Now settled in Littleton, Colo. (the suburb of Denver where Columbine High School is located) with her partner Trey Coney, Heather is pretty much used to the weirder aspects of being a female bodybuilder – like the constant stares and whispers. Sometimes, she admits, she wishes she could make her muscles disappear for a day or so, but mostly she has fun with it. The day after the USA, for example, she was shopping at Steve Madden (her favorite shoe store) in the Aladdin Casino in Las Vegas, wearing a tube top and shorts, when a female security guard came over to her. "I'm thinking 'Oh my God, what did I do?'" remembers Heather. "She was like, 'Could you come over there? Those two guys'" - she pointed to two male security guards looking embarrassed – "'are dying to see you flex.'" Heather happily hit some poses for them. "They were a little shy but very complimentary."

Then there are the fans. Heather appreciates their enthusiasm for women's bodybuilding, but says she is sometimes frustrated by the demands they make of her – and the dumb questions she is endlessly asked. "Most of the guys that love female bodybuilders don't really care what bodybuilding is about," she says. "They just want to know how much we lift, what our measurements are, and other things that are way off the wall." Often, they seem to have no idea of the mental and physical stress a competitive female bodybuilder is under. For example, she has had fans e-mail her two weeks before a show and then get annoyed if she doesn't reply. "Real bodybuilding fans keep up on what's going on," she says. "It's so refreshing hearing from people that actually know a little about me, other bodybuilders and the shows. That's support."

Heather's goal now is to get her pro card within the next two years. After the USA, she felt under pressure to lose some size, which she did, and admits to feeling "a little disappointed" with her fifth place at the Nationals. Next year, Heather is planning to go with her own instincts. "I'm going to train my way and not worry about what everyone else thinks so much," she says. "They're either going to turn me pro or they're not. But I'm not going to lose 20 pounds of muscle." She points out that she already weighed 150 pounds when she started training, and simply cannot get much smaller than she currently is (most of the other top national-level heavyweights started out at around 120 pounds). She plans to come in at between 170 and 172 pounds at her next show, the USA in Las Vegas next August, and promises to be "harder, tighter, and more refined."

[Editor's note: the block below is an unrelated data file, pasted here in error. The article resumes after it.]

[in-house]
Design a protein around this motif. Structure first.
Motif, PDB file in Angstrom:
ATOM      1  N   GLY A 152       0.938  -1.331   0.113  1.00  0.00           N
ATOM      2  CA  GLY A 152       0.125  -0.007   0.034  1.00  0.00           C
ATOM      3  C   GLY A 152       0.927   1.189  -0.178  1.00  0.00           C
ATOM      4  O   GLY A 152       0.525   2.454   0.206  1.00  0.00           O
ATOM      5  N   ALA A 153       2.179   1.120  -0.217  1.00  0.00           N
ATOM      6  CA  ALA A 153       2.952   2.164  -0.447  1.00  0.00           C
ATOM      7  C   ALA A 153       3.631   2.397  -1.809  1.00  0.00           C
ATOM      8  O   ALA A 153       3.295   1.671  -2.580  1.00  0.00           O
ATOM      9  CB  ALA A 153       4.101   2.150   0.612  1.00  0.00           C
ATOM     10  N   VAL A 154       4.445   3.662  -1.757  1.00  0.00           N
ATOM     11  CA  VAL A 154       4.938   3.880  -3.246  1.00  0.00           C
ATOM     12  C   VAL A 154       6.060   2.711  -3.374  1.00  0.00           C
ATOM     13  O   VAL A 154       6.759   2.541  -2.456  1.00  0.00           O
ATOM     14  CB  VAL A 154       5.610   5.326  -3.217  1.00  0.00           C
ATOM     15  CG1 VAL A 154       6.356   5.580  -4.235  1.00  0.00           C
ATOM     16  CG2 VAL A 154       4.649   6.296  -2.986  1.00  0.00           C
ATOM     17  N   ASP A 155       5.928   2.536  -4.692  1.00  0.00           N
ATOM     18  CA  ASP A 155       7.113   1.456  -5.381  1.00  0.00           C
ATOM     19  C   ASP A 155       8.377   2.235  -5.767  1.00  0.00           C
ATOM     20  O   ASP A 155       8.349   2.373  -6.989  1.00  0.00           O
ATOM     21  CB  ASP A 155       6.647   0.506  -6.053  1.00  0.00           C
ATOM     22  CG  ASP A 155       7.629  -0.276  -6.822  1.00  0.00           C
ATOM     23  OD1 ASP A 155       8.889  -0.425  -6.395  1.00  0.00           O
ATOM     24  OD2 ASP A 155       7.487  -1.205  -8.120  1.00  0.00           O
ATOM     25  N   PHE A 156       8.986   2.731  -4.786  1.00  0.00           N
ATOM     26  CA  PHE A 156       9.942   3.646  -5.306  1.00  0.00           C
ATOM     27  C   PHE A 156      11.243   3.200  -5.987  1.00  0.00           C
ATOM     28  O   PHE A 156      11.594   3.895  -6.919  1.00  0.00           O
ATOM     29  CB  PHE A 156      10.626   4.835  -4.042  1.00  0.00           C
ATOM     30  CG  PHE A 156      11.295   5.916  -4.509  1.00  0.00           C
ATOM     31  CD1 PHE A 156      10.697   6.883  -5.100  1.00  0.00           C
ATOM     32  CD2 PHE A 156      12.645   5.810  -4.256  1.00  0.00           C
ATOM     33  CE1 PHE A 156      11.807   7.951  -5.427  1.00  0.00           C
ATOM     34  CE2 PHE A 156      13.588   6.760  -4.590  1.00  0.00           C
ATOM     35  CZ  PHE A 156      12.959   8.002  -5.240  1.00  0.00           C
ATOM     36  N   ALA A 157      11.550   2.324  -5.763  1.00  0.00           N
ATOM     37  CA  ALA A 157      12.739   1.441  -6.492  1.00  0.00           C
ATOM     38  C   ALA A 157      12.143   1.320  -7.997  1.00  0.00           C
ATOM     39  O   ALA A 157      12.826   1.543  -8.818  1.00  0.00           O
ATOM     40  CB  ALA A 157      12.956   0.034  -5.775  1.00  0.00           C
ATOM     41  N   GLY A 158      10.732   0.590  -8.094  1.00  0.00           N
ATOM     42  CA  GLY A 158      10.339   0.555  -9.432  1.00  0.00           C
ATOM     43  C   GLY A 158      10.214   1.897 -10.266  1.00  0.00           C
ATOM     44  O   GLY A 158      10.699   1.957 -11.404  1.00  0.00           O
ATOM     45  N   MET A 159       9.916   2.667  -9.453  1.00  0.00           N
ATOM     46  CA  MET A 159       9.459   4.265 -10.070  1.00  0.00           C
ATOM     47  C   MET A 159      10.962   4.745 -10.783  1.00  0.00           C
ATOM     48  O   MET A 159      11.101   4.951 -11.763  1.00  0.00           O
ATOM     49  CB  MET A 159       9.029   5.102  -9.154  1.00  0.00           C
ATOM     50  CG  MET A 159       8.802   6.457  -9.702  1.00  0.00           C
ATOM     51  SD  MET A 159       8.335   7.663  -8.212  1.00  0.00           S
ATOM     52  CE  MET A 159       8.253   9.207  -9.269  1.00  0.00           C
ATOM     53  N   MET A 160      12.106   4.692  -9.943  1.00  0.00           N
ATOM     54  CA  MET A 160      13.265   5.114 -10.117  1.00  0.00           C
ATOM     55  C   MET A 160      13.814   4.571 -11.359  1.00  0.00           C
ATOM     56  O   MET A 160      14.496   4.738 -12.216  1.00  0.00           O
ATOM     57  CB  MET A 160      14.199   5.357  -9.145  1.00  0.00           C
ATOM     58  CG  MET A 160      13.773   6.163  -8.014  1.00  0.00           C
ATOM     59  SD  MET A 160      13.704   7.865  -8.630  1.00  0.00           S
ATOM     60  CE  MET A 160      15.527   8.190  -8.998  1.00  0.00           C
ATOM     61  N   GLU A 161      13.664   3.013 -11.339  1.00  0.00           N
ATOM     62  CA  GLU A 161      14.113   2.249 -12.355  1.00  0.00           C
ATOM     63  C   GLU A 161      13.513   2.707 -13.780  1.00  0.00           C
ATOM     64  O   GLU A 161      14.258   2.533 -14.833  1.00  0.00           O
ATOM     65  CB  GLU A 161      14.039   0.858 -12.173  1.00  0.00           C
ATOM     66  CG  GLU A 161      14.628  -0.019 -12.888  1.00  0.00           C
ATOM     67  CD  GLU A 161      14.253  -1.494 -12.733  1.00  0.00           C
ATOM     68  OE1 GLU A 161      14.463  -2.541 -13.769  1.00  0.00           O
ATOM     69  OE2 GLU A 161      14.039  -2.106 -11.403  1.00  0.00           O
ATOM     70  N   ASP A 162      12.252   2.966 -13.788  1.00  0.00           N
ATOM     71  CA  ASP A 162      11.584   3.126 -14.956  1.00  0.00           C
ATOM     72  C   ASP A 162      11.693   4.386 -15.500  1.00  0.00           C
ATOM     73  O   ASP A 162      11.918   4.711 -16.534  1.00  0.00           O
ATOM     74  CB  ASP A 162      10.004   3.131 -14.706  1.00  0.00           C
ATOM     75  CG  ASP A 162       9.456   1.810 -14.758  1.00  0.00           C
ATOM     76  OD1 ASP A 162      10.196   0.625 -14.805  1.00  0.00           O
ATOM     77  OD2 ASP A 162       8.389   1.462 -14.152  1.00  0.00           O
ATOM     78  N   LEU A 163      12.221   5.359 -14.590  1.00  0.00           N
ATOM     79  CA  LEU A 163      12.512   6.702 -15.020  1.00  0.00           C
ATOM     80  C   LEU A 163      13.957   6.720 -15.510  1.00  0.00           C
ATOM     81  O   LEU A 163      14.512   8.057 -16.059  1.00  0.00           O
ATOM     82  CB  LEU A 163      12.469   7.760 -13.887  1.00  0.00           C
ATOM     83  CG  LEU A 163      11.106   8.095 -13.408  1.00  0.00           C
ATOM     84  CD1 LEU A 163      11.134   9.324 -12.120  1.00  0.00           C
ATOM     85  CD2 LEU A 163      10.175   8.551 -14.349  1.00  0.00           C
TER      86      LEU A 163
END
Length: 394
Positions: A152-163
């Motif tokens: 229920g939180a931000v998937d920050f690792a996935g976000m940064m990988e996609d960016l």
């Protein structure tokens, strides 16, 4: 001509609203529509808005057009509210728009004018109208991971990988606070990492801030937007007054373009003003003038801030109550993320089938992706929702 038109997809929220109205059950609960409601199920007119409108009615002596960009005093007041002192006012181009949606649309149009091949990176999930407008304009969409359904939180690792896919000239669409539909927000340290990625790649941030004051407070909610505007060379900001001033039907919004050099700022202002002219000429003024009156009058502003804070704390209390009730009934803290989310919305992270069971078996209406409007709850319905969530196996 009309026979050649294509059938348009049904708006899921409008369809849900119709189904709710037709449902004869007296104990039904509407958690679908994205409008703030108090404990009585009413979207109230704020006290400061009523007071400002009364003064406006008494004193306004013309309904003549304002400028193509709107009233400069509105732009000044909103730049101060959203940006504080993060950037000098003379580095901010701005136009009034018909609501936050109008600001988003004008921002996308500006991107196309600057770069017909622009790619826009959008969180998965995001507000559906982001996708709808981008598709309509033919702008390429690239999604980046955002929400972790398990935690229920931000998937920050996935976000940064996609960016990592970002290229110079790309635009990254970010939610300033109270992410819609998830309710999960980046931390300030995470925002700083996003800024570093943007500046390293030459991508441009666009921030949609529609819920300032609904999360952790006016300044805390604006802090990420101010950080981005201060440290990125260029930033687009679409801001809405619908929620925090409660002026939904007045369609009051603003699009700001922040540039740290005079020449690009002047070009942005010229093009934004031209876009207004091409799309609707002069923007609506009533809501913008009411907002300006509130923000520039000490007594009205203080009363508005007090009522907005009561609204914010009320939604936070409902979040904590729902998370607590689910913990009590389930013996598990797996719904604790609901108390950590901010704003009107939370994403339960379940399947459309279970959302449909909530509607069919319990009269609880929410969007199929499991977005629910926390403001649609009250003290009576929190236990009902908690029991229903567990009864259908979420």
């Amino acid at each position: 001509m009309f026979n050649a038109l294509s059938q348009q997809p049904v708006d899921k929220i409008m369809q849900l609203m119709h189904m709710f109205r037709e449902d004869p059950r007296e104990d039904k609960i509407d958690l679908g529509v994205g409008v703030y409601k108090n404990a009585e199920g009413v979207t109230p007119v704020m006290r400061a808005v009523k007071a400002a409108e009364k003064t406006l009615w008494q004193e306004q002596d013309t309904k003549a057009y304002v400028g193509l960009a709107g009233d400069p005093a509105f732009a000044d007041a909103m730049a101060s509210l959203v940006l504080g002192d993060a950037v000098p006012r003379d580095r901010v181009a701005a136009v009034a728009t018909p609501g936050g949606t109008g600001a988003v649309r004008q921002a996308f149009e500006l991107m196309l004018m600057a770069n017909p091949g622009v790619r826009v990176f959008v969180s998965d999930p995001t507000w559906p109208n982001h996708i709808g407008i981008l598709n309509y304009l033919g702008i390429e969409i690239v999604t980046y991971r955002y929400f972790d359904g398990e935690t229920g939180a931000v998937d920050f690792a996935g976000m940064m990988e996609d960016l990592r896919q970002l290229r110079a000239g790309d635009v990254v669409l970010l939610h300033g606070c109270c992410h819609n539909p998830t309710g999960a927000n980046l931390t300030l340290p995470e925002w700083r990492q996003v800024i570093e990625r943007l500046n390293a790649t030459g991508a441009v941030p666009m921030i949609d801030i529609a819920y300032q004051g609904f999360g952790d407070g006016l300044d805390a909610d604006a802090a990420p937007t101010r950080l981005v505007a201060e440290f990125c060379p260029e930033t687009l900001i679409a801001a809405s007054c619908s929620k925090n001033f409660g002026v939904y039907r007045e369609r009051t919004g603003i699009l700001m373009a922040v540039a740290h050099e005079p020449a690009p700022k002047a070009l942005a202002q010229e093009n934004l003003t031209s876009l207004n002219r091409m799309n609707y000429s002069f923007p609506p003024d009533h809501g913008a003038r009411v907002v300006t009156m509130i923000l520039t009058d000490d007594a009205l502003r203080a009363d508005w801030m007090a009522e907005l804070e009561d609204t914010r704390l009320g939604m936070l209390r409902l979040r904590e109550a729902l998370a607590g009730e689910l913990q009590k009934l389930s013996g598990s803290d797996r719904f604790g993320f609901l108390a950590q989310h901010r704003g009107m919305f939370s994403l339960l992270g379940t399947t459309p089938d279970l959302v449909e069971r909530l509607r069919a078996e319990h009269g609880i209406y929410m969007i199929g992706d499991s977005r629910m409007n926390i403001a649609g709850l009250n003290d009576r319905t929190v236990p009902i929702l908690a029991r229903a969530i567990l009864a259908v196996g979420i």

As for her legs, expect them to be as big as ever. After the Junior Nationals, she laid off leg training altogether, but by the time of the Nationals in November she felt she had neglected her quads so much they were actually starting to shrink. That's the one thing Heather doesn't want – even if it does make it easier to walk in the off-season and find pants that fit.

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Quad training, Policky-style

According to Heather, there are three keys to huge legs: "squats, intensity and food."

The first rule is never train legs more than once a week. Many bodybuilders, even some national-level bodybuilders, make the mistake of overtraining, says Heather. "Muscle grows from rest." Hitting quads on their own (she recommends doing calves and hamstrings separately) once a week also means she can hit them with more intensity.

Heather recommends training legs on a day off from work so you can go all-out. "Your leg day has to be a sacred day," she says. "You do nothing else on that day, and I mean nothing else - no work, no shopping, no going out. You go to the gym when you feel you are ready. When you get home you eat and rest."

If you want huge legs, you have to squat. "Squatting is the height of importance in building mass and shape in your legs and making them more competitive-looking," Heather says. You don't have to go heavy (Heather says she rarely squats more than 150 pounds for reps), just concentrate on doing the reps in perfect form. "It has to be super-concentrated and perfect," she says. "Bodybuilding is 60% mental, if not more. You have to know how to use your head."

Heather recommends using a variety of training techniques to increase the intensity of leg workouts. "I love negatives," she says. "Do them super slow and controlled, it helps to count to drag it out. These only work well with a partner, because you need someone to get the positive up for you when it gets to heavy." Heather also likes supersets – her favorites are super heavy leg press with squats, and heavy squats with light leg extensions. Heather says she has trained with bodybuilders who thought they were killing their legs until they tried training with her, and then realized what real intensity was. "If you're doing it right, you should be having a having a hard time walking afterwards," she says.

Heather emphasizes changing up your routine constantly. "People get stuck with the same routine for months," she says. "I've never done the same leg workout two times in a row." She also says doing cardio for 20-30 minutes 4-5 times a week is essential to building leg size.

Finally, you have to eat. That means six to eat meals a day – in effect you should be eating constantly. Heather says a lot of women don't make gains because they are afraid to eat. "Don't count calories, just eat!" Heather says